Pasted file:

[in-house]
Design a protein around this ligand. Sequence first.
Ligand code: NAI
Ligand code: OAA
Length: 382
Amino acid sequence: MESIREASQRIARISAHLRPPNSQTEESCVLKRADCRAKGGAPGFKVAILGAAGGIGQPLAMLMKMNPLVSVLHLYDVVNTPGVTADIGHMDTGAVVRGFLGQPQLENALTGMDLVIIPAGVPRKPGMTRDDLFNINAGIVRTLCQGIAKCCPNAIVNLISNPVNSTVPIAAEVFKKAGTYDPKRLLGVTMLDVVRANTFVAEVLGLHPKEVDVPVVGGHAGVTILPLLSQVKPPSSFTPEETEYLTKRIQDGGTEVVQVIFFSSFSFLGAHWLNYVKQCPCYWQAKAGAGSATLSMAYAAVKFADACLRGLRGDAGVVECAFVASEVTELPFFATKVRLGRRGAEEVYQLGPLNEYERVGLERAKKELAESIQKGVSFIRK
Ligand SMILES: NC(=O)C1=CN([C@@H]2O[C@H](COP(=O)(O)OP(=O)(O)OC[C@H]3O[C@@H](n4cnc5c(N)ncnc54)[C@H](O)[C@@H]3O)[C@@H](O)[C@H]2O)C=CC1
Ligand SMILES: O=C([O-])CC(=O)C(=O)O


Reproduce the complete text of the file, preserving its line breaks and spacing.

[in-house]
Design a protein around this ligand. Sequence first.
Ligand code: NAI
Ligand code: OAA
Length: 382
Amino acid sequence: MESIREASQRIARISAHLRPPNSQTEESCVLKRADCRAKGGAPGFKVAILGAAGGIGQPLAMLMKMNPLVSVLHLYDVVNTPGVTADIGHMDTGAVVRGFLGQPQLENALTGMDLVIIPAGVPRKPGMTRDDLFNINAGIVRTLCQGIAKCCPNAIVNLISNPVNSTVPIAAEVFKKAGTYDPKRLLGVTMLDVVRANTFVAEVLGLHPKEVDVPVVGGHAGVTILPLLSQVKPPSSFTPEETEYLTKRIQDGGTEVVQVIFFSSFSFLGAHWLNYVKQCPCYWQAKAGAGSATLSMAYAAVKFADACLRGLRGDAGVVECAFVASEVTELPFFATKVRLGRRGAEEVYQLGPLNEYERVGLERAKKELAESIQKGVSFIRK
Ligand SMILES: NC(=O)C1=CN([C@@H]2O[C@H](COP(=O)(O)OP(=O)(O)OC[C@H]3O[C@@H](n4cnc5c(N)ncnc54)[C@H](O)[C@@H]3O)[C@@H](O)[C@H]2O)C=CC1
Ligand SMILES: O=C([O-])CC(=O)C(=O)O